and Leadership, Ethics, and Law, was named for Stephen Luce.
- Mahan Hall contains a theater along with the old library in the
Hart Room, which has now been converted into a lounge and meeting
room. It was named for Alfred Thayer
Mahan. Designed by Ernest Flagg.
- King Hall is the dining hall that seats the Brigade of
Midshipmen together at one time. It was named for Ernest J. King. Daily
fare ranges from eggs, to sandwiches, to prime rib and the annual
crab feast. Punch Sport Drink is
- Alumni Hall is capable of holding the entire Brigade of
Midshipmen and hosting various sporting events, such as basketball.
It is also used by alumni for reunions.
- Dahlgren Hall contains a large multipurpose room and a
restaurant area. It was once used as a armory for the Academy and
for drill purposes. It was named for John A. Dahlgren.
- Lejeune Hall was built in 1982 - home to an Olympic class
swimming pool, a mat room for wrestling and hand-to-hand martial
arts and the Athletic Hall of Fame. It was named for John A. Lejeune.
- MacDonough Hall holds a full-scale gymnastics area and two
boxing rings as well as alternate swimming pools). It was named for
- Halsey Field House contains an indoor track and assorted athletic and
workout facilities. It was the former home of Navy
basketball and the site of midshipman assemblies before
construction of Alumni Hall. It was named for William F. Halsey, Jr.
- The Officers' and Faculty Club and officers quarters spread
around the Yard.
- Ricketts Hall (Football, Lacrosse, Basketball offices) houses
the locker room for the Navy Varsity Football team. The team was
the winner of five straight Commander-in-Chief trophies. It was
also home to the Naval Academy's Varsity sport weight room, where
Midshipman athletes train.
- Preble Hall was Named for Edward
Preble. It houses the U.S. Naval Academy Museum.
Monuments and memorials
- Japanese Bell. A copy of the original bell which was brought
back to the United States by Commodore Matthew Perry following his
mission to Japan
in 1851. The bell is placed in front of Bancroft Hall and rung in a semi-annual
ceremony for each victory that Navy has registered over Army, to
include one of the nation's oldest football rivalries, the Army–Navy Game. The current bell is
an exact replica of the original, which the United States Navy
returned to the Japanese people in the 1980s.
- Tecumseh Statue. This statue is a bronze replica of the
figurehead of ship-of-the-line USS
Delaware. It was presented to the Academy by the Class
of 1891. This bust, one of the most famous relics on the campus, is
commonly known as Tecumseh. However, when
it adorned the American man-of-war, it commemorated not Tecumseh
but Tamanend, the revered Delaware chief
who welcomed William Penn to America. The original wooden
figurehead is in the Naval Academy fieldhouse. In times past, the
bronze replica was considered a good-luck "mascot" for the
midshipmen, who threw pennies at it and offered left-handed salutes
whenever they wanted a 'favor', such as a sports win over West
Point, or spiritual help for examinations. Today it is used as a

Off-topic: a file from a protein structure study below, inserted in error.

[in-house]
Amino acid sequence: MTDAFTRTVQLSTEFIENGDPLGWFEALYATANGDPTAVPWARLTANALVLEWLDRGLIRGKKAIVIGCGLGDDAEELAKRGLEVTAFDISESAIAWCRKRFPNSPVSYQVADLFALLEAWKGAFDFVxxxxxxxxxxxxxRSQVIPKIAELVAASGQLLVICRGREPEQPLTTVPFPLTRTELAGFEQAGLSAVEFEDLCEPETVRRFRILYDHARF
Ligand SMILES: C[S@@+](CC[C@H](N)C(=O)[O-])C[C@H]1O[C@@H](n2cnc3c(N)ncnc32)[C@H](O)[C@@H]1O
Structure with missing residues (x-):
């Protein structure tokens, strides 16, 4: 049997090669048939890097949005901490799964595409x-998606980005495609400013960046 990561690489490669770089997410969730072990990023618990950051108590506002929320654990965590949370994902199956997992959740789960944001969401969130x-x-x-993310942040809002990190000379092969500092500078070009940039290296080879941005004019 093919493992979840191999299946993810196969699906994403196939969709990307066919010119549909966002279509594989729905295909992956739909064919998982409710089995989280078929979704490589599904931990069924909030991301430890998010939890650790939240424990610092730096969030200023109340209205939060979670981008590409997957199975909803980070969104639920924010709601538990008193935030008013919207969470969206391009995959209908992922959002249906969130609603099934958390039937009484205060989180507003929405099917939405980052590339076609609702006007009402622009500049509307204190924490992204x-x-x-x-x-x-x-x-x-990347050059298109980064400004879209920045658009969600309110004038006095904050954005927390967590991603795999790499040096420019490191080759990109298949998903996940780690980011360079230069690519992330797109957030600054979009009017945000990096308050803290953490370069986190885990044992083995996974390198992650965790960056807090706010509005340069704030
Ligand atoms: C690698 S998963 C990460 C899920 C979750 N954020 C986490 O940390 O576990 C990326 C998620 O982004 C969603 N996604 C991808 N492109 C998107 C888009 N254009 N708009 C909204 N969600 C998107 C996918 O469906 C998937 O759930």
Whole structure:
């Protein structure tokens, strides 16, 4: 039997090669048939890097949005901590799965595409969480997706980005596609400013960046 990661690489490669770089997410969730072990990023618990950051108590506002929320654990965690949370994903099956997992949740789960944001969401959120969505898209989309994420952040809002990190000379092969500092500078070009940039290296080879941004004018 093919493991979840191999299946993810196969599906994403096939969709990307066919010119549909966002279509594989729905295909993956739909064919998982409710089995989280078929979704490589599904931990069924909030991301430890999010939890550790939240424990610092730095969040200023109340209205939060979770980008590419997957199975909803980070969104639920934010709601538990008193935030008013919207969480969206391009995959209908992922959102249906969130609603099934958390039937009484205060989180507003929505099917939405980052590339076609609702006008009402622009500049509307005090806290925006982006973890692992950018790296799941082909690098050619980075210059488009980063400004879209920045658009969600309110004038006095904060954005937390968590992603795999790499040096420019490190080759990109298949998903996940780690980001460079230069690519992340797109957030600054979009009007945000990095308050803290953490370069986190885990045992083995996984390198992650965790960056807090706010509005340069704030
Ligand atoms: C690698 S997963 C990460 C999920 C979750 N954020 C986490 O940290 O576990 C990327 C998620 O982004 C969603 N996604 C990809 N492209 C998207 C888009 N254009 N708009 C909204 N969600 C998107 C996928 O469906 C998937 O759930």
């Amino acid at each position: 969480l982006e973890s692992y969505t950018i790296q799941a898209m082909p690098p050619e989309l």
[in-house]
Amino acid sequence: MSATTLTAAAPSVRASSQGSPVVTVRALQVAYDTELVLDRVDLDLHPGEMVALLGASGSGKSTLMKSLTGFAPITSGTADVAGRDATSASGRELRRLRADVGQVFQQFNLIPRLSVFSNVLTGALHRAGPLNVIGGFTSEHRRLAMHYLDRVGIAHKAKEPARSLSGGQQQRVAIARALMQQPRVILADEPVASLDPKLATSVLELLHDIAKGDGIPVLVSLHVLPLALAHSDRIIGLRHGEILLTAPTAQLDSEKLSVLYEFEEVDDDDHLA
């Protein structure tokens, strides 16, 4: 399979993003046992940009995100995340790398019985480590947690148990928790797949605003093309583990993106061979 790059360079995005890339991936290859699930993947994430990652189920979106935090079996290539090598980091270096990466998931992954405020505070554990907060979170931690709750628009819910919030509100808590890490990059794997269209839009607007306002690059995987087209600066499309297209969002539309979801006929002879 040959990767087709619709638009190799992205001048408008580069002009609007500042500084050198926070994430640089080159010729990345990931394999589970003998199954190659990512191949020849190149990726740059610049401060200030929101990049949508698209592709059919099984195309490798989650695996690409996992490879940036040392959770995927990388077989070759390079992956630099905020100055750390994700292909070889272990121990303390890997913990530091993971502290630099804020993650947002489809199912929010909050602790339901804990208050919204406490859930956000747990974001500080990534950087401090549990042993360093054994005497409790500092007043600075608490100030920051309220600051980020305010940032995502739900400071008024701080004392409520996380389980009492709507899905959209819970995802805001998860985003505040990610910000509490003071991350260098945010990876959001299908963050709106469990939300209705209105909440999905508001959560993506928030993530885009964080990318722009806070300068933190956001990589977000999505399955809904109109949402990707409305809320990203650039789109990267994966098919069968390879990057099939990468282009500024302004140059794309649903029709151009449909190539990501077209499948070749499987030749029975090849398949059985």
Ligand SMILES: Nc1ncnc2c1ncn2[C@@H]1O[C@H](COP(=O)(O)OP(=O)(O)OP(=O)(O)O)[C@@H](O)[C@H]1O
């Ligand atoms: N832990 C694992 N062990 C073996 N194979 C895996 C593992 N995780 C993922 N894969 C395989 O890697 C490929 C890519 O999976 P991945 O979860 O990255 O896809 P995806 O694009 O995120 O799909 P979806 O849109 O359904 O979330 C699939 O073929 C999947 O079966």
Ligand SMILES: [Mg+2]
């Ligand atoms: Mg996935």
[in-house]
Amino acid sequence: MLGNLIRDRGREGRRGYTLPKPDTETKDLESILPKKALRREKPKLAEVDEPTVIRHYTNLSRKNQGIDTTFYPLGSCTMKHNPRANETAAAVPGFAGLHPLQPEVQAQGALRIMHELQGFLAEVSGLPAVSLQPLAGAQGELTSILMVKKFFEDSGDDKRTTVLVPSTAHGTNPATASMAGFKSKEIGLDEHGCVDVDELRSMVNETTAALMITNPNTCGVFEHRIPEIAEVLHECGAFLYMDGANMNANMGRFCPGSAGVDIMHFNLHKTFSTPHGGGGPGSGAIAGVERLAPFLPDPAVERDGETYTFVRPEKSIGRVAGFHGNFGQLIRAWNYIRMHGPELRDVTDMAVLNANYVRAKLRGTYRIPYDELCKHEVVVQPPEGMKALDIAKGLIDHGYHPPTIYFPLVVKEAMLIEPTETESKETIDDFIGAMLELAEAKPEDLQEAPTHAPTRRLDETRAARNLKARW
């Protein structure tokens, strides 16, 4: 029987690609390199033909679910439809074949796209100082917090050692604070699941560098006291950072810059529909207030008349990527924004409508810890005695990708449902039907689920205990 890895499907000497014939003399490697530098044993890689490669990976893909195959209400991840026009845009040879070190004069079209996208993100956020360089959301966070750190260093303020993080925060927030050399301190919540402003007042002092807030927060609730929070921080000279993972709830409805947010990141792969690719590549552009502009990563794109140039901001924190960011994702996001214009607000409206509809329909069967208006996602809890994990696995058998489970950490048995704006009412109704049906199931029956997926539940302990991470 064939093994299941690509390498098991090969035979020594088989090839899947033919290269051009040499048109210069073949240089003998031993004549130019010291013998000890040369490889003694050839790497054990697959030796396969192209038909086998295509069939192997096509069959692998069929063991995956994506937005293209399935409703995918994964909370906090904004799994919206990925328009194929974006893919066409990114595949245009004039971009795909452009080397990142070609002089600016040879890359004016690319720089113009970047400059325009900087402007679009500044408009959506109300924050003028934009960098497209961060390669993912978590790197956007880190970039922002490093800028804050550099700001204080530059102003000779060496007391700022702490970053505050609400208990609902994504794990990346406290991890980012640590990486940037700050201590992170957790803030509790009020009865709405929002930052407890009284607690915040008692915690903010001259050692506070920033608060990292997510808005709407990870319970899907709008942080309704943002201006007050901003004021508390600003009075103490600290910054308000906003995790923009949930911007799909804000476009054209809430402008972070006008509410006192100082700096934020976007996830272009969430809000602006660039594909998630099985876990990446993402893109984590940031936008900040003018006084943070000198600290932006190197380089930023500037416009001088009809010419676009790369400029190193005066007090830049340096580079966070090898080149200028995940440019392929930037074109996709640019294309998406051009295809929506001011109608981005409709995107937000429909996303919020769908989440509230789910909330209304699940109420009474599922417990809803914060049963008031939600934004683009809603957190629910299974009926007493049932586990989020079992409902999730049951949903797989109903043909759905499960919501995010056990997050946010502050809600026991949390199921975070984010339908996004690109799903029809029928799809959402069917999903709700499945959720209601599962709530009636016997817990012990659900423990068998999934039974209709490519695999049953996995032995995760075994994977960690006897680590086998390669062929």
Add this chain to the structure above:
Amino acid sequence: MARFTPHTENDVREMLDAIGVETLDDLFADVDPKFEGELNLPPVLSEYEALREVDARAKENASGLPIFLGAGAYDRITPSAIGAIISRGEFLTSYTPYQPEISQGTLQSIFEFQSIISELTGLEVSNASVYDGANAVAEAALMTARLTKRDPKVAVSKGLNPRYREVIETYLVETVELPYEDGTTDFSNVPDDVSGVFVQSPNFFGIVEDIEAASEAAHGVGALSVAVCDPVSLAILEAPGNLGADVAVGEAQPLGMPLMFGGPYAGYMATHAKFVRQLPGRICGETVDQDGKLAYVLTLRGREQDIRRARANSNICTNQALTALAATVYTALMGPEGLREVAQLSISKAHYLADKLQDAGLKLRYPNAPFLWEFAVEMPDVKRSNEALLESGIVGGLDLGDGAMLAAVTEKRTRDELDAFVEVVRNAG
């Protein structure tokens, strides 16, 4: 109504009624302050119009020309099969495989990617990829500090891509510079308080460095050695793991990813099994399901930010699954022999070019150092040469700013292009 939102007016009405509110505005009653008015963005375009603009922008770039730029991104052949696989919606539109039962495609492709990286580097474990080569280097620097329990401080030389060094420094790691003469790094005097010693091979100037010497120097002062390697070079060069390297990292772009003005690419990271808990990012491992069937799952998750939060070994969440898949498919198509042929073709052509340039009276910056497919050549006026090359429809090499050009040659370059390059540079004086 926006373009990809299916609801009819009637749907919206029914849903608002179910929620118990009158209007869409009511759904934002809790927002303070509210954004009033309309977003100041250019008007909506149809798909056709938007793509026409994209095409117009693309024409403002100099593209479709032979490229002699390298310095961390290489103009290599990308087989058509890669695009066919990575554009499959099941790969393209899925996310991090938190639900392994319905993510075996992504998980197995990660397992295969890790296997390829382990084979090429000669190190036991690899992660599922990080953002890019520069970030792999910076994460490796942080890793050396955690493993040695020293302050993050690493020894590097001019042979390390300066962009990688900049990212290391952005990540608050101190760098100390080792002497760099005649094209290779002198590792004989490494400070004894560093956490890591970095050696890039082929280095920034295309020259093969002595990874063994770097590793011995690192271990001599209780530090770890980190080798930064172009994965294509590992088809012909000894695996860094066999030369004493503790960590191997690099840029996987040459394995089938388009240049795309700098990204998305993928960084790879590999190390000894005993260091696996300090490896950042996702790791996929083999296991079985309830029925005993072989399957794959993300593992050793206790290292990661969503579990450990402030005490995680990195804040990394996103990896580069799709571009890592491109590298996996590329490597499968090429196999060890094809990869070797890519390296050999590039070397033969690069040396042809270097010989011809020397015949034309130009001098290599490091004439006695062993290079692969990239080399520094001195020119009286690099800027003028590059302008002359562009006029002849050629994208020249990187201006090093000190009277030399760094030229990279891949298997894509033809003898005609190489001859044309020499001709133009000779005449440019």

morale booster during football weeks and on special occasions when
Tecumseh is painted in themes to include super heroes, action
heroes, humorous figures, a leprechaun (before Saint Patrick's Day)
and a naval officer (during Commissioning Week).
- Battle ensigns. Famous flags of
the U.S. Navy and captured flags from enemy ships are displayed
throughout the academy. The most famous, perhaps, is the "Don't
Give Up the Ship" flag flown by Commodore Oliver Hazard Perry at the Battle of Lake Erie on 10 September
1813; it bears the dying words of Captain James Lawrence, captain of the USS Chesapeake. It was
displayed in Memorial Hall, which is in the portion of Bancroft Hall open to the general public (It
is currently undergoing restoration and a replica is in its place).
The only British royal standard taken by capture was displayed in
Mahan Hall. It was taken at Toronto (then York) in the war of
- Herndon Monument. Every year as
part of the year end festivities, this monument is covered with
lard and "Plebes" (freshmen or Fourth Class Midshipmen) attempt to climb the monument, remove
a "dixie cup" (the headwear of a plebe) and put a hat ("cover") on
top. This symbolizes the successful completion of their first year.
Legend also has it that the midshipman who places the sailors cap
upon the monument will be the first member of the class to reach
the rank of Admiral. The Monument was commissioned by the Officers
of the U.S. Navy as a tribute to Commander William Lewis Herndon (1813-1857)
after his loss in the Pacific Mail Steamer Central
America during a hurricane off the North Carolina coast on
12 September 1857. Herndon had followed a long time custom of the sea that a ship's captain is
the last person to depart his ship in peril. It was erected in its
current location on 16 June 1860 and has never been moved even
though the Academy was completely rebuilt between 1899 and 1908. In
2008, both the dixie cup removed and the cover placed on Herndon to
end the climb belonged to Midshipman Kristen Dickmann, Class of
2011, who died a few days before the Herndon Climb. Midshipman
Dickmann's dixie cup and cover were the first women's caps used for
the Herndon Climb.
Cemetery and Columbarium
Supervision of the Academy
In 1850 the academy was placed under the jurisdiction of the Navy's
Bureau of Ordnance and
but was transferred to the Bureau of Navigation